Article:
As a former geography student (who switched to law in my final year) I still have an affinity for maps, and remember fondly those pre Google days when paper gave you a real sense of scale and location. In ancient Rome and medieval times cartographers would insert the phrase ' here be dragons' for those unknown territories, yet to be explored.
My experience of working with healthcare practitioners for over 25 years is that many feel that the landscape of consent is still an alien territory which they struggle to negotiate, in spite of the law providing, what it considers to be, helpful signposts. Directions are also issued by governing bodies (most recently by the GMC in their guidance, 'Decision making and consent' on 9 November 2020) . So what is so difficult (and generates so many complaints if not claims) about ensuring that a patient has provided their informed consent to undergo a procedure?
For those lawyers amongst us, the pathway to understanding if informed consent has been obtained probably starts with Bolam v Friern Hospital Management Committee  1 WLR and did not change significantly until 5 years ago, when the Supreme Court in Montgomery v Lanarkshire Health Board  UKSC 11 ('Montgomery') told us what the regulators had been telling practitioners for some time, namely that patients had the right to be informed of all material risks involved in any recommended treatment and of any reasonable alternatives, including the option of no treatment at all. For those who have yet to view it, the account of Nadine Montgomery (Nadine's Story) recorded on NHS Resolution's website brings home the human cost of getting this fundamental communication between patient and clinician wrong.
The clear position set out in Montgomery means that practitioners must ensure they meet those requirements such that there is a clear partnership between the patient and healthcare practitioner (a process often termed 'joint decision making'). Surely if there is dialogue, accurate prediction of relevant risks and documenting of those discussions there can be no doubt that a clinician has discharged their duty, informed consent has been obtained and no cause for doubt on the part of the practitioner or complaint on the part of the patient?
If we look at the case law on consent after Montgomery the challenges become more apparent:
- Practitioners are told to tailor their approach to the patient in front of them – but in Spencer v Hillingdon Hospital NHS Trust  EWHC 1058 we then have reference to a duty to cover those risks that an 'ordinary sensible patient' would have wanted to hear about.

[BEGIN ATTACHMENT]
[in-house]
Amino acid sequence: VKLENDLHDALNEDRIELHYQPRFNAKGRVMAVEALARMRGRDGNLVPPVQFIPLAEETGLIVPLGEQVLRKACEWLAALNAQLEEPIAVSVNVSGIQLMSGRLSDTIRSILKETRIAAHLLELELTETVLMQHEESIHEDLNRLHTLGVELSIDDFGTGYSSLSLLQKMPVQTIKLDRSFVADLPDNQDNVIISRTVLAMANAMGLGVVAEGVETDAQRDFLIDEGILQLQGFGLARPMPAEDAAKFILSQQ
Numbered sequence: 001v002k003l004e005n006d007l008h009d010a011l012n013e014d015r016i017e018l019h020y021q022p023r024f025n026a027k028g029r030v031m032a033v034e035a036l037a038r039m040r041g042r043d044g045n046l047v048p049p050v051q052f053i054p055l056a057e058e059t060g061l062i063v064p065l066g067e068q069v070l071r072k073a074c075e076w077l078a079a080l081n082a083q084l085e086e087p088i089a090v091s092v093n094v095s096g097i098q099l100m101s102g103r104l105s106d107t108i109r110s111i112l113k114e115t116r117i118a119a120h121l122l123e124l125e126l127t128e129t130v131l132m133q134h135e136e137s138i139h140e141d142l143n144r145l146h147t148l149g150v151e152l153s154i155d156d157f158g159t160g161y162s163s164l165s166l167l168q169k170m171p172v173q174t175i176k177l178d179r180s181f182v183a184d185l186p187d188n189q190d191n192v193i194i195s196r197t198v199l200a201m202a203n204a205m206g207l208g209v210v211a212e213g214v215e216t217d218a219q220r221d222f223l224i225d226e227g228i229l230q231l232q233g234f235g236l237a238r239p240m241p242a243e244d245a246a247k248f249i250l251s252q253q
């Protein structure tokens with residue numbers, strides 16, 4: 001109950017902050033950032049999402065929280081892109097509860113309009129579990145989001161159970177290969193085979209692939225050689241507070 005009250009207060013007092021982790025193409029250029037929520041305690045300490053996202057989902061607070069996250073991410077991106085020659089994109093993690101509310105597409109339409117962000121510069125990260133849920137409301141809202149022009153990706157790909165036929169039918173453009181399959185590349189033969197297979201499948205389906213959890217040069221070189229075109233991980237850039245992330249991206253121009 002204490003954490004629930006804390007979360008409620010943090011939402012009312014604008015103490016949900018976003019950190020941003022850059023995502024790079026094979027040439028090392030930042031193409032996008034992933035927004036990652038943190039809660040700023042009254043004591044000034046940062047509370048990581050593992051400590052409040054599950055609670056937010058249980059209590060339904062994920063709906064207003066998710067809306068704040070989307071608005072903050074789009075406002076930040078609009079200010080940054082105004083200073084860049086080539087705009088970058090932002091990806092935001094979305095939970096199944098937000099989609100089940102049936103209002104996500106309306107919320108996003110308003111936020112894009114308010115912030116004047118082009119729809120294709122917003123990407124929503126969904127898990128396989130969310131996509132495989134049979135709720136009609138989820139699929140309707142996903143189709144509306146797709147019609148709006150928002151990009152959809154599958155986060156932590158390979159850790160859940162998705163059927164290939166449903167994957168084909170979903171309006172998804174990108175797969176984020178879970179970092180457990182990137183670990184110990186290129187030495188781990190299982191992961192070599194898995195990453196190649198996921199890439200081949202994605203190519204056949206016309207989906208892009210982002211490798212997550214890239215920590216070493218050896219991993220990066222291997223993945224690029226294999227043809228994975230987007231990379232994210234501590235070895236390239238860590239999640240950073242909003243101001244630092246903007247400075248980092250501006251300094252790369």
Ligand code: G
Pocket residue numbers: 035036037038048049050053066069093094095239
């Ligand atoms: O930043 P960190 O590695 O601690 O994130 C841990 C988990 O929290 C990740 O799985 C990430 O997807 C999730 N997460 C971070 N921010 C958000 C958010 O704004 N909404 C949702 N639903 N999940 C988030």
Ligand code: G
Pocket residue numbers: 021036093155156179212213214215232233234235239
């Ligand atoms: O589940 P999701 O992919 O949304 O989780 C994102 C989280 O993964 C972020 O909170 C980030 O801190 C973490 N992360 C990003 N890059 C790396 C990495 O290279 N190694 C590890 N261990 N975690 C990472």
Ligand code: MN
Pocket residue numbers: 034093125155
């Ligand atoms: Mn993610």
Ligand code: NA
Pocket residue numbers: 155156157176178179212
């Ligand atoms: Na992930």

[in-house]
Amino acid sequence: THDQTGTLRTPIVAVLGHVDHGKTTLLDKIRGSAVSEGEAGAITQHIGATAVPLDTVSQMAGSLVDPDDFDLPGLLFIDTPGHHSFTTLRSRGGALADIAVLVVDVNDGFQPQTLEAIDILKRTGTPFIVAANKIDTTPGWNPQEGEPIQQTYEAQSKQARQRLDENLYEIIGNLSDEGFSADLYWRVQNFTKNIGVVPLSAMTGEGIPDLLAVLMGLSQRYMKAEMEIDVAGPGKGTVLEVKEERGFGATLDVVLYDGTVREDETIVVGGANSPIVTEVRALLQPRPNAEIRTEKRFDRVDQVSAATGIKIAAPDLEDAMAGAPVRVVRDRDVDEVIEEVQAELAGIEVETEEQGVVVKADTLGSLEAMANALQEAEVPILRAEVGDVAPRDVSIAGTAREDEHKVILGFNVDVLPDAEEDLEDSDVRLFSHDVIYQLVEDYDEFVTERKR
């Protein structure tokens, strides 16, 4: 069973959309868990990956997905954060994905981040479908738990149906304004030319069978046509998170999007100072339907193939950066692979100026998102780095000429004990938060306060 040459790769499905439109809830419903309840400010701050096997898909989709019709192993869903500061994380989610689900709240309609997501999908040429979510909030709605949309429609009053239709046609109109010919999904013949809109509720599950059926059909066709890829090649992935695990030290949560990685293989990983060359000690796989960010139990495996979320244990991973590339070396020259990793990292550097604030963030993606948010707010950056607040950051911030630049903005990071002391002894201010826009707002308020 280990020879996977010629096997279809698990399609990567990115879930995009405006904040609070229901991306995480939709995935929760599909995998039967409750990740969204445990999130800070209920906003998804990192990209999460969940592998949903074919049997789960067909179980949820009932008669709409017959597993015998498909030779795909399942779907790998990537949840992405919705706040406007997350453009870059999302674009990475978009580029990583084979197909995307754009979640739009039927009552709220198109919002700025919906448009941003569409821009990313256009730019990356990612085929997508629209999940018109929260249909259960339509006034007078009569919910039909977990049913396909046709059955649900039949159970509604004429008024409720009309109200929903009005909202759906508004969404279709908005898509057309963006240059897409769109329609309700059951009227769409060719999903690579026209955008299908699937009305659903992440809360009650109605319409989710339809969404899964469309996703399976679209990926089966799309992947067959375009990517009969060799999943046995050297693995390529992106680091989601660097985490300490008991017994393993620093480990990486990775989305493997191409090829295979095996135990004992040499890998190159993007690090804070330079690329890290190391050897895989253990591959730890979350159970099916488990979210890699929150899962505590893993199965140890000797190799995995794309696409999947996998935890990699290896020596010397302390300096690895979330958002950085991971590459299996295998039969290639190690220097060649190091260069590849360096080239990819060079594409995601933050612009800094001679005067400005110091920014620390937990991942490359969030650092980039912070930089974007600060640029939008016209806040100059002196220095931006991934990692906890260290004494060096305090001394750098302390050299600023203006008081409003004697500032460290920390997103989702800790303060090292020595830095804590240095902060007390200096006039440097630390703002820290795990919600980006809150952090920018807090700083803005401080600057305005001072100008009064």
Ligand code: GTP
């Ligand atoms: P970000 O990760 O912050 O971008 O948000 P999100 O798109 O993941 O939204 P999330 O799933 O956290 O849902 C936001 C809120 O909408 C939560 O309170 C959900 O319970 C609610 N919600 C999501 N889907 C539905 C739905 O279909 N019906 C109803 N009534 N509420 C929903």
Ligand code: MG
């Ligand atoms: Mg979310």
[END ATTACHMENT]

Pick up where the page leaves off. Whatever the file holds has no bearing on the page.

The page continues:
- A subjective approach has subsequently been reinforced in Thefaut v Johnston  EWHC 497 but what about revisiting the decision of a patient who was properly counselled and signed up to an agreed treatment plan?
- Where risks change (such as during the course of a pregnancy for example) a duty to re-evaluate what was previously agreed for the delivery may well be necessary as was the case in NKX v Barts Health NHS Trust  4 WLUK 123
Is the type of procedure important?
We know that in an emergency situation the healthcare practitioner should act in the best interests of the patient. Furthest away from that scenario is an elective procedure which is not performed for health reasons, but for aesthetic ones, eg. plastic surgery.
How should a plastic surgeon approach consenting such a patient to reflect the plethora of (mis)-information available on the internet, enthusiasm of the patient and the economics of the transaction that both are considering entering into?
Before Montgomery the approach one typically saw was patient information booklets and lengthy consent forms, with a 'cooling off' period. Could it be argued that Montgomery assists the justifications for performing cosmetic surgery, recognising individual autonomy and freedom for the patient to make their own decisions about their treatment? The reality, as many aesthetic practitioner has found, is the opposite, patients who are enthusiastic pre- procedure can become obsessive about 'sub-optimal' results post intervention and dispute that there was openness at the consenting consultation/s.
The obtaining of informed consent is a journey, for the patient and the clinician. If there is good communication at every stage then there should be no nasty surprises and both should be clear as to the destination and how they are going to get there. If there are uncertainties and the need for a detour along the treatment pathway this must be addressed by both parties head on.
Should you have any comments or queries arising from the above, please contact Vicki Swanton.
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